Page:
In the following topic from about three years ago Paul Meredith wrote with regards to the camshaft: "Perfection is being free to rotate with no detectable end float."
viewtopic.php?f=4&t=6282#unread
Any other opinions out there?
1946 4G, 1950 NG and 1951 VH

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Re: BA Gearbox Problem

Postby paul.jameson » Mon Jan 27, 2020 7:18 pm

Look at the two pins which govern the selector mechanism, one of which is the end of the bolt which goes in through the kickstart cover. These pins can develop flats on them after time, which reduces considerably the overall movement of the selector. Look also at the plates which these pins bear upon. These also develop grooves in them which reduce selector travel. The simple solution here is to turn the plates over so that the unworn side bears on the pin and the worn side contacts the spring.
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Re: BA Gearbox Problem

Postby nevhunter » Mon Jan 27, 2020 9:36 pm

Chris, the layshaft float certainly may affect the depth of the engagement of the driving dogs. My answer to what is good is minimum safe, which I would see as about .010"( 1/4 mm) With new bushes /cases I've found without the gasket, the box sometimes hasn't enough end float. I've been fitting gaskets always lately. End float of the selector drum is not easy to adjust and the question always becomes which way does one move it, so I've just put up with it.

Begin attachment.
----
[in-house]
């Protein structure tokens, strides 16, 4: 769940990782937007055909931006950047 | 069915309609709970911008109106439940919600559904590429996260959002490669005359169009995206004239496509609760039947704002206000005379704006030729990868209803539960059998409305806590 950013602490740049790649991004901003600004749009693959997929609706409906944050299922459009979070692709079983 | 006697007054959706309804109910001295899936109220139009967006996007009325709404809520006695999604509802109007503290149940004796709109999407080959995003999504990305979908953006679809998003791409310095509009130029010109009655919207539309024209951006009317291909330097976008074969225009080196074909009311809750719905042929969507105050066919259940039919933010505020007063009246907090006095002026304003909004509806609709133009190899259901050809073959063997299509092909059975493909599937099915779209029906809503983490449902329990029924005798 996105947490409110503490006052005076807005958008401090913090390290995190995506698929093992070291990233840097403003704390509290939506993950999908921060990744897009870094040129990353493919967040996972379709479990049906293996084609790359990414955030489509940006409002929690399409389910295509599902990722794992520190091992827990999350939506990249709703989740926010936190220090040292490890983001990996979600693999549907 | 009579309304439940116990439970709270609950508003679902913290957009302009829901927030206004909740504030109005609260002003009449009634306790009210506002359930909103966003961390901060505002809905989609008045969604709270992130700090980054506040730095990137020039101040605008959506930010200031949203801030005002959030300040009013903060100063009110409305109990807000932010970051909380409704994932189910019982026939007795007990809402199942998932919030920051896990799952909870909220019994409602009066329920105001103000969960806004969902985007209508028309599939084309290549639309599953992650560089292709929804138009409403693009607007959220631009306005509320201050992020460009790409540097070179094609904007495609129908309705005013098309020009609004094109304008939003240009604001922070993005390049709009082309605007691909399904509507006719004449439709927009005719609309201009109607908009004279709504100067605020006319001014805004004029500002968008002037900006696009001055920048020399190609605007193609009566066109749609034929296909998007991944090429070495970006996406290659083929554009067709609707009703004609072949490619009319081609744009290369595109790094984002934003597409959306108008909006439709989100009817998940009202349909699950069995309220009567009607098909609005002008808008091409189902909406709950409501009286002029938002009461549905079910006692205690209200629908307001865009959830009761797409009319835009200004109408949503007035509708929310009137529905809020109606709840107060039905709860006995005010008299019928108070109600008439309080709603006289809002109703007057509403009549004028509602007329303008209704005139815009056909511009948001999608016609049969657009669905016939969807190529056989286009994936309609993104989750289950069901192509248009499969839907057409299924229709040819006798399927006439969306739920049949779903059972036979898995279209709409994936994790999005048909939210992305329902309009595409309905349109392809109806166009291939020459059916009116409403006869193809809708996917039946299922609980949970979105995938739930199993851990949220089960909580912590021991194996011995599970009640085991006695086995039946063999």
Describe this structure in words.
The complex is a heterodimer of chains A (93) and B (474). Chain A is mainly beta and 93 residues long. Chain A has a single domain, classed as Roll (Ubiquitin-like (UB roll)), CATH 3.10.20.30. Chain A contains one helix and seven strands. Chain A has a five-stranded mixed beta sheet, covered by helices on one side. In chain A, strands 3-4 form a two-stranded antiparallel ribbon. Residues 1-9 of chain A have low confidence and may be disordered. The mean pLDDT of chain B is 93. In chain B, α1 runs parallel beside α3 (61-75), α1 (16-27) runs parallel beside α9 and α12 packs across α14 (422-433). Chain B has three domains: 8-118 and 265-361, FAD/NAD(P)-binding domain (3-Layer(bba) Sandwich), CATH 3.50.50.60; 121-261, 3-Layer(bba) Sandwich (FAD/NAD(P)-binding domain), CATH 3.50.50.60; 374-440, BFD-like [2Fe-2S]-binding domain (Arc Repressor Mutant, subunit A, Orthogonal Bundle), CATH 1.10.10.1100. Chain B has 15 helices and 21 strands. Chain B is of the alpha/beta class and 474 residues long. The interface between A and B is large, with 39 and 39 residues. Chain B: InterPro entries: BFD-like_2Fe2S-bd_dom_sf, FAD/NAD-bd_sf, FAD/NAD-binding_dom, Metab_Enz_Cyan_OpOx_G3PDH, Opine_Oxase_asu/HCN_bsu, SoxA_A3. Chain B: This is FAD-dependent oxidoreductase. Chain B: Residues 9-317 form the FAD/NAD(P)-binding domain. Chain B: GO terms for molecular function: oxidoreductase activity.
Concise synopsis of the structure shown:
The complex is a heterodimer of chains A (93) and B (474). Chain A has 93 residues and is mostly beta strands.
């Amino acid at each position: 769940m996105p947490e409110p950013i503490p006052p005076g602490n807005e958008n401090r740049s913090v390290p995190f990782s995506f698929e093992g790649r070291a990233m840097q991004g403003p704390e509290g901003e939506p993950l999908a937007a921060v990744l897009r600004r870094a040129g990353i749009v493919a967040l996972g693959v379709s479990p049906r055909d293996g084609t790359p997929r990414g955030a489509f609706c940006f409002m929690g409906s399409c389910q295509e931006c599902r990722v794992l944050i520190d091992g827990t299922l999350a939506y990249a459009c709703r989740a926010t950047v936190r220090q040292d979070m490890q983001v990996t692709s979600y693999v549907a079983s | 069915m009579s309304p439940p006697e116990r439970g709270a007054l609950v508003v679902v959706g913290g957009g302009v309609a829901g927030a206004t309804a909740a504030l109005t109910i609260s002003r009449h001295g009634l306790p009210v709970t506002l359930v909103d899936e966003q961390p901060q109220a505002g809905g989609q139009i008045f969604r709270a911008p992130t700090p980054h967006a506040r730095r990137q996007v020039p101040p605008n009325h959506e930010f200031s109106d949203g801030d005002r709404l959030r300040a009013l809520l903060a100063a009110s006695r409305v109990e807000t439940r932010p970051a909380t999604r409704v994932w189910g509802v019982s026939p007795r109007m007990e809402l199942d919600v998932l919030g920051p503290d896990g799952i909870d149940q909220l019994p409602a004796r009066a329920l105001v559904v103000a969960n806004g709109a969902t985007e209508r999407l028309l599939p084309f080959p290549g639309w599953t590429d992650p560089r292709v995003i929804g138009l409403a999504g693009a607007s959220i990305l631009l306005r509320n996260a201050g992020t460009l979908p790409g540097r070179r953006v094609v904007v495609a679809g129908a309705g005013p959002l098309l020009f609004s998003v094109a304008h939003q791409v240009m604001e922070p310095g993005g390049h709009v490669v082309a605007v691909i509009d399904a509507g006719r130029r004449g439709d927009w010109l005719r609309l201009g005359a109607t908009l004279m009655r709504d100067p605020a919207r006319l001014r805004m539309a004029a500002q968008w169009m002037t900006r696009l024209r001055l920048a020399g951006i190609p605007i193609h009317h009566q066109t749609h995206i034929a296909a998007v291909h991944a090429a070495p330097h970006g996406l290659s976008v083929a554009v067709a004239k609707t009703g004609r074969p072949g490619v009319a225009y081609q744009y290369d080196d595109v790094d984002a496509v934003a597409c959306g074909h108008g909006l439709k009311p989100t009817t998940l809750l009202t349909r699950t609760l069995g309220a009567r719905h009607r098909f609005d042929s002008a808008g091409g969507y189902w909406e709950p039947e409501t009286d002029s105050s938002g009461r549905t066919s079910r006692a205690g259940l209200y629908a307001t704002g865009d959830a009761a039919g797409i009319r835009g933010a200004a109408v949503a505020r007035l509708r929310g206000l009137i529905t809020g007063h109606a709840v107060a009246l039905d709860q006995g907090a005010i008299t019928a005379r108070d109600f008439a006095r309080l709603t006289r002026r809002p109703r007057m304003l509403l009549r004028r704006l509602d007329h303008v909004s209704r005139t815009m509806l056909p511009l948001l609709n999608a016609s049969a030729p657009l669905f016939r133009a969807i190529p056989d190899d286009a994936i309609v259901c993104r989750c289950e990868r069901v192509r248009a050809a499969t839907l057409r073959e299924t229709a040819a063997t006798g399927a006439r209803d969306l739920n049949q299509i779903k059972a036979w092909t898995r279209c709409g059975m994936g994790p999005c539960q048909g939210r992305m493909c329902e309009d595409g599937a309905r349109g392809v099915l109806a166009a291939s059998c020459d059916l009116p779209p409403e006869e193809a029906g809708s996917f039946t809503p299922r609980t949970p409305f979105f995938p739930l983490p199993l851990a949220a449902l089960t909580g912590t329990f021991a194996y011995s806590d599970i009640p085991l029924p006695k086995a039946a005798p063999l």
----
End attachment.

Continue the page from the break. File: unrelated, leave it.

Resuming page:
One thing that hasn't been mentioned is the fit of the "free" gears where they rotate on the layshaft. I have seen situations where there is considerable rock and looseness on the shaft. This will cause the gear to tilt and run misaligned and ease it out of engagement on a steady climb OR when running downhill as a brake. Nev

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Re: BA Gearbox Problem

Postby chris.shearwood » Thu Jan 30, 2020 2:50 pm

paul.jameson wrote:Look at the two pins which govern the selector mechanism, one of which is the end of the bolt which goes in through the kickstart cover. These pins can develop flats on them after time, which reduces considerably the overall movement of the selector. Look also at the plates which these pins bear upon. These also develop grooves in them which reduce selector travel. The simple solution here is to turn the plates over so that the unworn side bears on the pin and the worn side contacts the spring.


Paul,
Thank you for the suggestions. The bolt/pin that goes through the kickstart cover did have 3 thou of wear on it. (1.5 thou both flats). When I first assembled the box years ago I had turned the grooved sides of the four small plates towards the spring ends and since then there hasn't been much wear. It seems that my big problem of popping out of second gear is an accumulation of little problems so I've ordered from Draganfly replacements for most of the worn parts.
1946 4G, 1950 NG and 1951 VH